Stonehenge Spring Equinox (Vernal) Managed Open Access 2021 Cancelled.

13 03 2021

Owing to the pandemic, and in the interests of public health, there will be no Spring Equinox gathering at Stonehenge this year.  People wanting to watch the sunrise to mark the first day of spring have been told not to travel to Stonehenge. English Heritage maintains it cannot host the usual celebrations at the prehistoric monument on 20 March due to safety concerns.

The spring equinox is one of the rare occasions that English Heritage opens up the stones for public access. Equinox open accesses attract fewer people than the Solstices – in the several hundreds rather than tens of thousands – and there are modern Druid ceremonies which are held in the circle around dawn, so if you prefer a quieter experience then attending a future Equinox is a good choice.

English Heritage, which manages the site, has cancelled the event and remains closed Stonehenge until 12th April following government advice on coronavirus. About 800 people usually gather at the Wiltshire monument, on or around 20 March, to mark the spring equinox.

The Spring, or Vernal, Equinox is the point at which the sun crosses the equator, returning to the northern hemisphere, the point when day and night are at equal length.  The exact time of the 2021 Spring (Vernal) Equinox is at 09.37am The spring equinox is one of the rare occasions that English Heritage opens up the stones for public access. While touching the stones has been banned since 1977, rules had been traditionally relaxed during the summer and winter solstice, as well as the spring and autumn equinox, allowing people to get closer to the stones.

English Heritage is continuing to plan for the 2021 summer solstice.
English Heritage are having a Round Table Group meeting in April to discuss the summer solstice celebrations and have issued a brief statement:

The main item on the agenda will of course be Summer Solstice 2021 at Stonehenge where we welcome your input into plans for access to Stonehenge. While we at English Heritage remain cautiously optimistic about being able to offer access in some form, I would ask that attendees bear in mind that there is likely to still be some uncertainty on how to proceed as we continue to navigate the pandemic and the changing regulations under which we are living.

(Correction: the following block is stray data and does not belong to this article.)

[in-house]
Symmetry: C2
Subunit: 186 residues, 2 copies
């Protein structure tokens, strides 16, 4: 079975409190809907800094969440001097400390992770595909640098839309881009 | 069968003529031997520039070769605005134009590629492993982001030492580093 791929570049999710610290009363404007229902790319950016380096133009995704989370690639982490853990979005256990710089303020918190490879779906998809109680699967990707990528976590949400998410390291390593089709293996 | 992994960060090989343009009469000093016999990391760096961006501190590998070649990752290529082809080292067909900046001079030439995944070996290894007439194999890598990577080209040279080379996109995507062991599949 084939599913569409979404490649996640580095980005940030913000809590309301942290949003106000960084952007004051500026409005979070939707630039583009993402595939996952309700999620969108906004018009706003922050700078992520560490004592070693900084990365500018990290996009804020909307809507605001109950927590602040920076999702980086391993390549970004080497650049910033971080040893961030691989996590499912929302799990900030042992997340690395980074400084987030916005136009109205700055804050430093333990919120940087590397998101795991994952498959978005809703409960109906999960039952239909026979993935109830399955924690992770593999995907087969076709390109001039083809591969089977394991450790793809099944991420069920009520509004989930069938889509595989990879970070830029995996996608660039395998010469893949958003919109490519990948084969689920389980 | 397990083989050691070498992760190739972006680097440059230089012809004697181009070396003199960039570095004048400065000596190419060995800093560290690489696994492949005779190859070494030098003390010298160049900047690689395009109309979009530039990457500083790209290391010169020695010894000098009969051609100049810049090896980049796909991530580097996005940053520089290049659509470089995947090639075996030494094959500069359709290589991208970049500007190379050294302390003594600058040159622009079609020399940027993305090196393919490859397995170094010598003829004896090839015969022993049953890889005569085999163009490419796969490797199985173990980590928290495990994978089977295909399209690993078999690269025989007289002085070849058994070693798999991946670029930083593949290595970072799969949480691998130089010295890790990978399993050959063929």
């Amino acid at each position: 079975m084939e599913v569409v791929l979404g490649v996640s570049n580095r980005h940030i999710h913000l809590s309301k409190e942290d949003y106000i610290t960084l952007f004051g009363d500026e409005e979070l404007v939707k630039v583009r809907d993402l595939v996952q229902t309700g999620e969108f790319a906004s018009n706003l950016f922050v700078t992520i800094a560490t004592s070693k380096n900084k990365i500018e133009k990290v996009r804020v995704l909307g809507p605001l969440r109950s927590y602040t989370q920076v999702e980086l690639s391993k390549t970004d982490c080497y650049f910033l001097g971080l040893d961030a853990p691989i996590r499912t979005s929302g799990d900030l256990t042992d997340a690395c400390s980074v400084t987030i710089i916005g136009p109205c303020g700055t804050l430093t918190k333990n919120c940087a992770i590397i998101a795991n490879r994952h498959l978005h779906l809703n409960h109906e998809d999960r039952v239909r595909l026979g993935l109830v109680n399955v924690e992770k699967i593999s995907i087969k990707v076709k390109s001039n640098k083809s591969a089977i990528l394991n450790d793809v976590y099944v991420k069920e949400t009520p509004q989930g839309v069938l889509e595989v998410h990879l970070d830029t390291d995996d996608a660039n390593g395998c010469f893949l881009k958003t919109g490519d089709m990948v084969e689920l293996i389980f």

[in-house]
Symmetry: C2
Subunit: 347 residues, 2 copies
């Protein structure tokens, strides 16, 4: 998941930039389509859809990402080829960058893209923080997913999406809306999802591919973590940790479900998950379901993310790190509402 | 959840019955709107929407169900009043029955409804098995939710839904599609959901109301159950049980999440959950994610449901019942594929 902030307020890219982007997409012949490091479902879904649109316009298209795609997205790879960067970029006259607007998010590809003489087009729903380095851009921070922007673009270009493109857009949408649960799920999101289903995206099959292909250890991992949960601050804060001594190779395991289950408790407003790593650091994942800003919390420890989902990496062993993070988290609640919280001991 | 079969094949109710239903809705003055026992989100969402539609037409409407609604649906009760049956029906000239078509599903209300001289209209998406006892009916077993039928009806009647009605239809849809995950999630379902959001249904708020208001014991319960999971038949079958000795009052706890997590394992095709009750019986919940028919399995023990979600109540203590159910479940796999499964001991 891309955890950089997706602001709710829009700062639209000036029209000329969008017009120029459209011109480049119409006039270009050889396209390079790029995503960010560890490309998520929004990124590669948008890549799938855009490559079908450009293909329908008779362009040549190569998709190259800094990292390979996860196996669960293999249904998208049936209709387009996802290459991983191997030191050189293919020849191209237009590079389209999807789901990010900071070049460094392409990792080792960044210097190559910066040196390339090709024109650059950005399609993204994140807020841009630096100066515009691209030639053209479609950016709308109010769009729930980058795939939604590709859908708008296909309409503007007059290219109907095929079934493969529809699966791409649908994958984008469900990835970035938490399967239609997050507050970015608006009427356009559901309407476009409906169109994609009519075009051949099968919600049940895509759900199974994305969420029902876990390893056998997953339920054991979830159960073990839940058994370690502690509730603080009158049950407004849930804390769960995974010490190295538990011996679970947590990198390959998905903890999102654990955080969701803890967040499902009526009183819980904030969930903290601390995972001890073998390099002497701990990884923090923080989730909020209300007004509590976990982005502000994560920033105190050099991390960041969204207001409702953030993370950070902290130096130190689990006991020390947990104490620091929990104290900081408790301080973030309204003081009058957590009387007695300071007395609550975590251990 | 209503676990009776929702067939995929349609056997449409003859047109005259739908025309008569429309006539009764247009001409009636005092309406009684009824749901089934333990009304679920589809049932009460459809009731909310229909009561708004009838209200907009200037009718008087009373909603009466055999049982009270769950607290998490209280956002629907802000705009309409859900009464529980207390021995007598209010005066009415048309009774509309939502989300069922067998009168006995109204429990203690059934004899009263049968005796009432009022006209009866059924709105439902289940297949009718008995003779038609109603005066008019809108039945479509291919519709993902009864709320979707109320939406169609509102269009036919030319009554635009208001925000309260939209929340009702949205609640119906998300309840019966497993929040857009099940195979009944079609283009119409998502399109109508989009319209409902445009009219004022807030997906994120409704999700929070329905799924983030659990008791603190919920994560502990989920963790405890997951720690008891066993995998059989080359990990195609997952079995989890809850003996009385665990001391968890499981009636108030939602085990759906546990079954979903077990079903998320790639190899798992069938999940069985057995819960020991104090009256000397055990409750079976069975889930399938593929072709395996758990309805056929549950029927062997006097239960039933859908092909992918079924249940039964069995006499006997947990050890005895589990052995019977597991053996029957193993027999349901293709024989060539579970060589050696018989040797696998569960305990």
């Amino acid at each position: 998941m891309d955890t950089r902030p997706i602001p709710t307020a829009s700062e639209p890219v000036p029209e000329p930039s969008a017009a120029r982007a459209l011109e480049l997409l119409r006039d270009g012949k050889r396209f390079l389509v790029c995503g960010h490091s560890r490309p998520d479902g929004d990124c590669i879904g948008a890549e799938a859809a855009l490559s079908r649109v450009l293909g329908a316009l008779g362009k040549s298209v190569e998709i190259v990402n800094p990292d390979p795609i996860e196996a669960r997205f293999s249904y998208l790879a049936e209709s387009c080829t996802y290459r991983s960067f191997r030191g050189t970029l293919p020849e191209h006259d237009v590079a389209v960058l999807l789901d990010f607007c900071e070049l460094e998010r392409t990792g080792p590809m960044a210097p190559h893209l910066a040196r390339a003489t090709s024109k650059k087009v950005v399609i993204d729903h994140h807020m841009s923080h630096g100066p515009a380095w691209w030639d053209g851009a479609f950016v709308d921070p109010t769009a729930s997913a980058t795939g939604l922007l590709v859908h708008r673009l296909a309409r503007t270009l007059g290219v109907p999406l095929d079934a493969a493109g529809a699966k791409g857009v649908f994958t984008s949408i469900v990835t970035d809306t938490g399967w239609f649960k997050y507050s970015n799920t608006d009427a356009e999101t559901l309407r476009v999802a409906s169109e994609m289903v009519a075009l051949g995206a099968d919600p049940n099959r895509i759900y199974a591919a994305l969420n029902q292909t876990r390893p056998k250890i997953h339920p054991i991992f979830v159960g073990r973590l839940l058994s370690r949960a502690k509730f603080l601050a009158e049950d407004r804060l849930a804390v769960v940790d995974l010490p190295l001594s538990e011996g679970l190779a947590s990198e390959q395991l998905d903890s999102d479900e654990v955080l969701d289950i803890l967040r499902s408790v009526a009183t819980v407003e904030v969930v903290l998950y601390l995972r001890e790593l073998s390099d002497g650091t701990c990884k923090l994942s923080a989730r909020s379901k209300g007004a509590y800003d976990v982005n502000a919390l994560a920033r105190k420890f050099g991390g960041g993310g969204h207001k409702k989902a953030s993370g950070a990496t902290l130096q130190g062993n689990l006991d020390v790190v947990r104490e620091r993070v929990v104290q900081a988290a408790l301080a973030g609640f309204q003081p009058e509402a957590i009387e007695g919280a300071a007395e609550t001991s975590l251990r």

Related Topics:
How the Spring Equinox marks the changing seasons – The Telegraph
What is the vernal equinox? Why does it mark the first day of spring? – Express
Summer Solstice at Stonehenge. From Past to Present – Stonehenge News Blog
Stonehenge Equinox Tours – Stonehenge Guided Tours
Solstice at Stonehenge – English Heritage
The Stonehenge Pilgrims – Stonehenge News Blog
What Exactly Is the Spring Equinox? – Country Living
Stonehenge Summer Solstice Tours – Solstice Events UK
Stonehenge Winter Solstice ban criticised by senior druid – BBC

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First Day of spring: Stonehenge crowd gathers for Equinox sunrise

22 03 2015

The first day of spring has been marked by more than 800 revellers who gathered at Stonehenge to watch the sunrise.

Stonehenge-Spring-Equinox-2015 (54)

Despite a cloudy forecast, @St0nehenge tweeted the gathering had been “blessed with a perfect sunrise”

Druids and pagans were joined by a mass of revellers at the ancient monument to celebrate the spring or vernal equinox.

Open access to the stones was given from first light, 05:45 GMT, by English Heritage which manages the site.

Senior druid King Arthur Pendragon, who performed the sunrise ceremony, said: “We’re lucky, we used to get 200 people but now it’s up to nearly 1,000.”

Despite a cloudy forecast, @St0nehenge tweeted that the gathering had been “blessed with a perfect sunrise”.

“A lot of people are coming out to sacred places to celebrate the turning of the wheel, which is what paganism is about,” said Mr Pendragon.

“We don’t worship nature, we worship the divine through nature and so we worship at the times of the year when it’s auspicious – spring, summer, autumn and winter.”

English Heritage opens the ancient stone circle for the spring equinox as well as the winter and summer solstice

Full article (source) and more images at the BBC website: (Nice to see the BBC’s reference to our twitter account)

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There are many some fantastic images on the Stonehenge Stone Circle Flickr page

Merlin at Stonehenge
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